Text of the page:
Grave of the Fireflies (Japan, 1988)April 09, 2018
Grave of the Fireflies, a 1988 production from the famed Japanese animation house Studio Ghibli, is perhaps the saddest animated movie ever made. As emotionally wrenching as any live-action film, Grave of the Fireflies resets expectations of what an animated movie can be if the men and women behind the production choose to move in unconventional directions. Although Grave of the Fireflies is not traditionally inappropriate for younger viewers (meaning it has no profanity, sexual content, nudity, or graphic violence), the subject matter is as “adult” as anything I can imagine. While a child might be affected by the film, it takes the weight of a certain number of years to fully absorb what director Isao Takahata has put up on the screen.
If viewed from a purely technical perspective, Grave of the Fireflies can’t match any recent high-budget American animated film for visual razzle-dazzle. That isn’t the point, however. Takahata isn’t competing with Disney; he’s growing the genre by going to places that no Hollywood animated offering would go. The foreground animation is “good enough” and there are times when the backgrounds have the quality of a painting. It may take a moment or two to adjust to the film’s style – hand-drawn animation, after all, is a relic of a bygone day – but, as with any unconventional method of storytelling, this one weaves its spell. Its language isn’t purely that of artwork and drawing; it’s one of emotion. The use of animation, because of its associations with innocence and childhood, encourages us to lower our barriers and open up to the experience. That makes the culmination all the more powerful. Perhaps the late Roger Ebert said it best when he wrote in his retrospective of the film that “Grave of the Fireflies is an emotional experience so powerful that it forces a rethinking of animation…[It] is a powerful dramatic film that happens to be animated.” He also quotes Ernest Rister as having observed it to be “the most profoundly human animated film I’ve ever seen.”
Grave of the Fireflies is many things: a story of sibling bonding, a tale of survival, a struggle against the ugly side of human nature, and a reminder that the greatest victims of any war are often the ones whose stories are never told. Takahata has firmly rejected the notion that Grave of the Fireflies is anti-war but a creator no longer has sole right of interpretation once his work of art is out in the public. The tragedies of the movie are a direct result of World War II. The film doesn’t question the “rightness” or “wrongness” of the war or its various military engagements but it shows that when powerful people use those without standing as tools and pawns, the collateral damage can be devastating. One can justify some wars on the basis of serving a “greater good” but that doesn’t take away the terrible truth that even the most righteous victory will have its share of innocent victims.
Grave of the Fireflies is presented in flashback. It begins with the death of the narrator/main character, a teenage boy named Seita (Tsutomu Tatsumi), who perishes of deprivation in the bowels of Kobe’s Sannomiya Station shortly after the end of the second World War. After his spirit departs his body, Seita is reunited with his four-year old sister, Setsuko (Ayano Shiraishi). The implication is stark – Setsuko must also be dead – but knowing what is to come doesn’t prepare us to witness it first-hand, especially after the care the director takes to humanize these characters over the course of the next 80 minutes.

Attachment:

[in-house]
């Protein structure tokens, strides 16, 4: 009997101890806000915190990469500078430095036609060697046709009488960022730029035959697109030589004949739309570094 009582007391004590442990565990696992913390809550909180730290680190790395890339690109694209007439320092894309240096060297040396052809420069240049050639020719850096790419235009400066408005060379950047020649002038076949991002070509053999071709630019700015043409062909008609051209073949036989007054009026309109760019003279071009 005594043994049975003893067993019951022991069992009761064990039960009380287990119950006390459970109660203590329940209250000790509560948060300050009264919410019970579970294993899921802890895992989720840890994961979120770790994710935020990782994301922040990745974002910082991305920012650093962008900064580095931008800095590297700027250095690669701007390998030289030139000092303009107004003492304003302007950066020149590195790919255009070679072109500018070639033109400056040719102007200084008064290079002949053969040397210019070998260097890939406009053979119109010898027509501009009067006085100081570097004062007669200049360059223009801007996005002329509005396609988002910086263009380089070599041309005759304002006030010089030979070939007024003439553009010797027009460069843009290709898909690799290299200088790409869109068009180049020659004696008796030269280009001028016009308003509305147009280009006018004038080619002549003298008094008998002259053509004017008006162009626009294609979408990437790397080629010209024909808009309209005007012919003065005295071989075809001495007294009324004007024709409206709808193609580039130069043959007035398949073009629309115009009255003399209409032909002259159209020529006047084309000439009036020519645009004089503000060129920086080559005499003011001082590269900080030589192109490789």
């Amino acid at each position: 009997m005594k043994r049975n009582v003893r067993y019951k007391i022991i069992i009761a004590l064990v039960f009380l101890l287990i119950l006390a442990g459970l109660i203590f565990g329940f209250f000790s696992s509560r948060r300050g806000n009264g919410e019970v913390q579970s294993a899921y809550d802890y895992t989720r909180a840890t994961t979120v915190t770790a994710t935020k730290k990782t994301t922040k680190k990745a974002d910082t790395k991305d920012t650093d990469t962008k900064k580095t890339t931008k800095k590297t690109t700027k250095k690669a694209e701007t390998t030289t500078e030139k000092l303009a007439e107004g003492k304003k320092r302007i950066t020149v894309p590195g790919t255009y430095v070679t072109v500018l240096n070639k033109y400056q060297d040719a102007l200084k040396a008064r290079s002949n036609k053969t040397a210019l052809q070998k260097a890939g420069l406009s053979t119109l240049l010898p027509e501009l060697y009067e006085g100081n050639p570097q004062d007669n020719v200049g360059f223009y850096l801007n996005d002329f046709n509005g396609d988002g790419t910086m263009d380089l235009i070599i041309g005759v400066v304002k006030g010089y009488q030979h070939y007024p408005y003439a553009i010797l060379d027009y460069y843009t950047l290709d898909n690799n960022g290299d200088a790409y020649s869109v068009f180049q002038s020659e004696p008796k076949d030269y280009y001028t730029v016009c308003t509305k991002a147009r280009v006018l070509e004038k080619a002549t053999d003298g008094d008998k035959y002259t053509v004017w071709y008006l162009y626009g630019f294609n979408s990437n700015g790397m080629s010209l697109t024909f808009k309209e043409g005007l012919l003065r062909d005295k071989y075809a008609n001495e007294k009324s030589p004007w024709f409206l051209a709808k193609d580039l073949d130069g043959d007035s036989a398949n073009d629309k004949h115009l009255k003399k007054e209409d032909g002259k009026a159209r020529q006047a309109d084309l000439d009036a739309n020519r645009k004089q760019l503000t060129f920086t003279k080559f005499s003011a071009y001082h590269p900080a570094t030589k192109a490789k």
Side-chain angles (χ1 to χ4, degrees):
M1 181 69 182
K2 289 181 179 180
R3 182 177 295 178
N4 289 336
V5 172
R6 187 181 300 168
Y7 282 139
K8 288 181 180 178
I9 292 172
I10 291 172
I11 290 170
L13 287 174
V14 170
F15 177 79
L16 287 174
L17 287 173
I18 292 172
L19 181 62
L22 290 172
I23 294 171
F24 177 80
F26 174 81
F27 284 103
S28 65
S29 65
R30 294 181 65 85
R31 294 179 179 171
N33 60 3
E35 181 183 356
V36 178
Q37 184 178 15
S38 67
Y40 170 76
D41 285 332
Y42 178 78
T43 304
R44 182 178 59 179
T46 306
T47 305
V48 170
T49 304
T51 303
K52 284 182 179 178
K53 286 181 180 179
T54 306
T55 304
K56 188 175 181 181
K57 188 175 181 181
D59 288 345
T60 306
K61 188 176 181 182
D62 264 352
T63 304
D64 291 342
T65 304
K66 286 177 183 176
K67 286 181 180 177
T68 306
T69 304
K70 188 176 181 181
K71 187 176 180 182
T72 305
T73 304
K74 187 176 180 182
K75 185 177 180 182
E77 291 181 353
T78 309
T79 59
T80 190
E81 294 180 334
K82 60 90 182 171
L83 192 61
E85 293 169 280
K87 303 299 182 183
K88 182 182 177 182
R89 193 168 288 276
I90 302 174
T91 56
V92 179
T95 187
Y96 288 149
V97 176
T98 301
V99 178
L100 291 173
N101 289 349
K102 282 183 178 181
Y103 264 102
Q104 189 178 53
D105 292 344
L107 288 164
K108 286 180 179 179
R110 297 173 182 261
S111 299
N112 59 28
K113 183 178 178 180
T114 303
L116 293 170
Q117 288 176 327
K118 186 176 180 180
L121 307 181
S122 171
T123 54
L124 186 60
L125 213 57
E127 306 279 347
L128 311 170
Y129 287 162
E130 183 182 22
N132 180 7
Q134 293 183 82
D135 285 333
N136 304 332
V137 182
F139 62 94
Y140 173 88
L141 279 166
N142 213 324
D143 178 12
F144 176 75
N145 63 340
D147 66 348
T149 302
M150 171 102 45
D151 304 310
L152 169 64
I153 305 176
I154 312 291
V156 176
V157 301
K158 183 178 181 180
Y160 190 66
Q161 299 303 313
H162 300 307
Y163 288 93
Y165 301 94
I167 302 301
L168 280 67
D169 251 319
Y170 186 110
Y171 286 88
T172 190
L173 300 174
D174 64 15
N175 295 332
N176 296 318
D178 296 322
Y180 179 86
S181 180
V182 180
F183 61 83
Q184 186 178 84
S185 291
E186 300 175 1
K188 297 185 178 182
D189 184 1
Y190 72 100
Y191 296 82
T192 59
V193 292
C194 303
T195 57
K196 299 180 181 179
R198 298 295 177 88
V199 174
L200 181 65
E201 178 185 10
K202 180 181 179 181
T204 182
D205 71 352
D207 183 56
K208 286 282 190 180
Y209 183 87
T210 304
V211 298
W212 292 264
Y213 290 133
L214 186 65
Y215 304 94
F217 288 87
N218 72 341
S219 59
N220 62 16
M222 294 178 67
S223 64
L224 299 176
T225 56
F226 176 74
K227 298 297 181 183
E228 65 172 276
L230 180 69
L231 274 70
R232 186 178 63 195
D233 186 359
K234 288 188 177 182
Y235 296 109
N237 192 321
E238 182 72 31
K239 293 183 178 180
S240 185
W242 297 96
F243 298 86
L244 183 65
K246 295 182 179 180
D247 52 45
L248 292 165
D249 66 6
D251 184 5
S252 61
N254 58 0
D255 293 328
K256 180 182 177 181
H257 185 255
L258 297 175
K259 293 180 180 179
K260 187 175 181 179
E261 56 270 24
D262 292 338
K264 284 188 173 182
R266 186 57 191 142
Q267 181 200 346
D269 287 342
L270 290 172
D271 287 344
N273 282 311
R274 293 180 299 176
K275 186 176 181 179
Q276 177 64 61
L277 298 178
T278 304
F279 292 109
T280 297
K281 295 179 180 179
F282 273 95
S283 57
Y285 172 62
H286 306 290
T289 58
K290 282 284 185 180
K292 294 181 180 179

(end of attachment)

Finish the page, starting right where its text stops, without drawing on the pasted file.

The main story rewinds time six months to the middle of March 1945. The war is already lost to Japan but they soldier on. The turning tide, however, brings with it the Allied fire-bombing campaigns. During one such attack on the city of Kobe, Seita and Setsuko become orphaned when their mother is killed. (Their father, a Naval officer, is at sea and, as we later learn, is probably dead as well.) For a while, they live with a distant aunt (Akemi Yamaguchi) but her initial charity turns to bitterness and the siblings leave, believing they can make a better life on their own. At first, it seems they might succeed. They find a hillside cave that they develop into a makeshift shelter and there is a brief period of happiness. It doesn’t last, however. The lack of food leads to malnutrition. While attempting to steal provisions, Seita is viciously beaten. Setsuko becomes ill and, as her condition worsens, there’s little Seita can do for her. The movie’s trajectory from that point to the end is as predictable as it is painful.
Grave of the Fireflies is based on a semi-autobiographical story written by Akiyuki Nosaka who, unlike Seita, survived the fire-bombings and their aftermath. Like his protagonist, he lost a sister to malnutrition and, over the years, he was consumed by survivor’s guilt. Two live-action Japanese movies have also been made of the book (one in 2005 and one in 2008) but neither has achieved the worldwide acclaim and recognition accorded to the animated version. I haven’t seen either but it’s hard to imagine that any live-action interpretation could have a similar impact. The animation is a large part of why the movie has such force.